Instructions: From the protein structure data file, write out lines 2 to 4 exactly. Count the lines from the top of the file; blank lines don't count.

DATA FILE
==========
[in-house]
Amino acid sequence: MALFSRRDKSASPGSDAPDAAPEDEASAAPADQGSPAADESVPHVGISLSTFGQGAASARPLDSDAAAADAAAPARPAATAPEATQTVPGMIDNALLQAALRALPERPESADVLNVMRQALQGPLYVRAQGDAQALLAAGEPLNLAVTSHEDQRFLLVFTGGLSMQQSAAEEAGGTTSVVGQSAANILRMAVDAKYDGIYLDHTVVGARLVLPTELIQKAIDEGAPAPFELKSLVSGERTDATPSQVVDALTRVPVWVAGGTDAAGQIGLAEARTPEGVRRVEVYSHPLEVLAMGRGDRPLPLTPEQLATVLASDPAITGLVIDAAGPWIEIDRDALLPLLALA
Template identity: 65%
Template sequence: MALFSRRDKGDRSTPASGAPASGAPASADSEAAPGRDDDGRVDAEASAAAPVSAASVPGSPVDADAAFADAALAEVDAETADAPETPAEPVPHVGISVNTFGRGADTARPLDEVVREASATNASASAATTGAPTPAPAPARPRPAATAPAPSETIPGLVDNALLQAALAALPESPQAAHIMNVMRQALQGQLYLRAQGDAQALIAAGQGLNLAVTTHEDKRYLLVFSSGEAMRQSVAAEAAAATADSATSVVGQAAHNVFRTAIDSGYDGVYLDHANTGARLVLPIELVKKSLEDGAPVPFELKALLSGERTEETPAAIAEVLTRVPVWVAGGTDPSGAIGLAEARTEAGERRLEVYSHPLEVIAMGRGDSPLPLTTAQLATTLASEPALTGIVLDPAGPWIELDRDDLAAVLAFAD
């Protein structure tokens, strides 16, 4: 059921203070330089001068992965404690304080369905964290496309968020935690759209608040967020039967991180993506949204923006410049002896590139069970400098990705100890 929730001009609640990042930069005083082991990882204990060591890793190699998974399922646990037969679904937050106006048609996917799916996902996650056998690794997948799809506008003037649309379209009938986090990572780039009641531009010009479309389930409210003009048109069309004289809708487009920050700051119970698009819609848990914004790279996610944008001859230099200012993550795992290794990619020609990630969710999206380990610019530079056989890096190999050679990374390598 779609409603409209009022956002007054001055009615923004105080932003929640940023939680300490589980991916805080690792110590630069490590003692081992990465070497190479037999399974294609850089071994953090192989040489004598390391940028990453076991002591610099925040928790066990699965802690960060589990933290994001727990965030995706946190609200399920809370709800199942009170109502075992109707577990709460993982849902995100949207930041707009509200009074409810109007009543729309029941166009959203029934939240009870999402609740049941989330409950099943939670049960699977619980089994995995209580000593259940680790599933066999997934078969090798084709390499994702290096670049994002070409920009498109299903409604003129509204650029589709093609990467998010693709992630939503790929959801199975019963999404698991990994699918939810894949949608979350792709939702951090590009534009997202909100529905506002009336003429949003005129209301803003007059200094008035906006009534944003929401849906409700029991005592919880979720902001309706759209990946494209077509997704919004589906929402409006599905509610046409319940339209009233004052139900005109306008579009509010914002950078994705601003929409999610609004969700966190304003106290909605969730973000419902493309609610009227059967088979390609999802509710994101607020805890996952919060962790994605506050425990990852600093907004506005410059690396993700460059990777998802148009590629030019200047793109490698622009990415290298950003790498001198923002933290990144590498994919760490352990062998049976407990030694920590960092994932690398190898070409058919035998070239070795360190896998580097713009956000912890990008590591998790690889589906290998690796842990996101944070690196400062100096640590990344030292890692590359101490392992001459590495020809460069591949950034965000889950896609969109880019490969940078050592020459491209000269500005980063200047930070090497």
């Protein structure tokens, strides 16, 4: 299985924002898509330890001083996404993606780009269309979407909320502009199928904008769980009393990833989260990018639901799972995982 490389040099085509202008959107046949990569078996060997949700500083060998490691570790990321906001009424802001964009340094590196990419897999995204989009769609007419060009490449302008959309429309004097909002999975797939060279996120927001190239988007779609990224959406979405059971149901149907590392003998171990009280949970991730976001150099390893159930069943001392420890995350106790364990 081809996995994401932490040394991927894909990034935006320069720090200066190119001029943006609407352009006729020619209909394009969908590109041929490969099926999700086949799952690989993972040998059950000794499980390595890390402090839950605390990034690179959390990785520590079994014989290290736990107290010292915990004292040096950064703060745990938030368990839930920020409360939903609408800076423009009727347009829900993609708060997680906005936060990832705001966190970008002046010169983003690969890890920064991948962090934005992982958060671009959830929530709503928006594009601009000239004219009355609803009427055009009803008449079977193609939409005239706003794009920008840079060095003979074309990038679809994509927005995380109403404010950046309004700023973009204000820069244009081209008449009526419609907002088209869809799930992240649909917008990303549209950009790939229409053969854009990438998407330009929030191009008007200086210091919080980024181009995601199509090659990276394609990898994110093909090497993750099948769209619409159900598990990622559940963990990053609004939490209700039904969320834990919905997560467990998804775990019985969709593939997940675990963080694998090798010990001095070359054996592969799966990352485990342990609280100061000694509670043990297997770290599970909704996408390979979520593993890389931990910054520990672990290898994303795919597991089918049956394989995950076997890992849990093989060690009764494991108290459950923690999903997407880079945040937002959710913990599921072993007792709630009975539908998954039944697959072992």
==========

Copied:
Amino acid sequence: MALFSRRDKSASPGSDAPDAAPEDEASAAPADQGSPAADESVPHVGISLSTFGQGAASARPLDSDAAAADAAAPARPAATAPEATQTVPGMIDNALLQAALRALPERPESADVLNVMRQALQGPLYVRAQGDAQALLAAGEPLNLAVTSHEDQRFLLVFTGGLSMQQSAAEEAGGTTSVVGQSAANILRMAVDAKYDGIYLDHTVVGARLVLPTELIQKAIDEGAPAPFELKSLVSGERTDATPSQVVDALTRVPVWVAGGTDAAGQIGLAEARTPEGVRRVEVYSHPLEVLAMGRGDRPLPLTPEQLATVLASDPAITGLVIDAAGPWIEIDRDALLPLLALA
Template identity: 65%
Template sequence: MALFSRRDKGDRSTPASGAPASGAPASADSEAAPGRDDDGRVDAEASAAAPVSAASVPGSPVDADAAFADAALAEVDAETADAPETPAEPVPHVGISVNTFGRGADTARPLDEVVREASATNASASAATTGAPTPAPAPARPRPAATAPAPSETIPGLVDNALLQAALAALPESPQAAHIMNVMRQALQGQLYLRAQGDAQALIAAGQGLNLAVTTHEDKRYLLVFSSGEAMRQSVAAEAAAATADSATSVVGQAAHNVFRTAIDSGYDGVYLDHANTGARLVLPIELVKKSLEDGAPVPFELKALLSGERTEETPAAIAEVLTRVPVWVAGGTDPSGAIGLAEARTEAGERRLEVYSHPLEVIAMGRGDSPLPLTTAQLATTLASEPALTGIVLDPAGPWIELDRDDLAAVLAFAD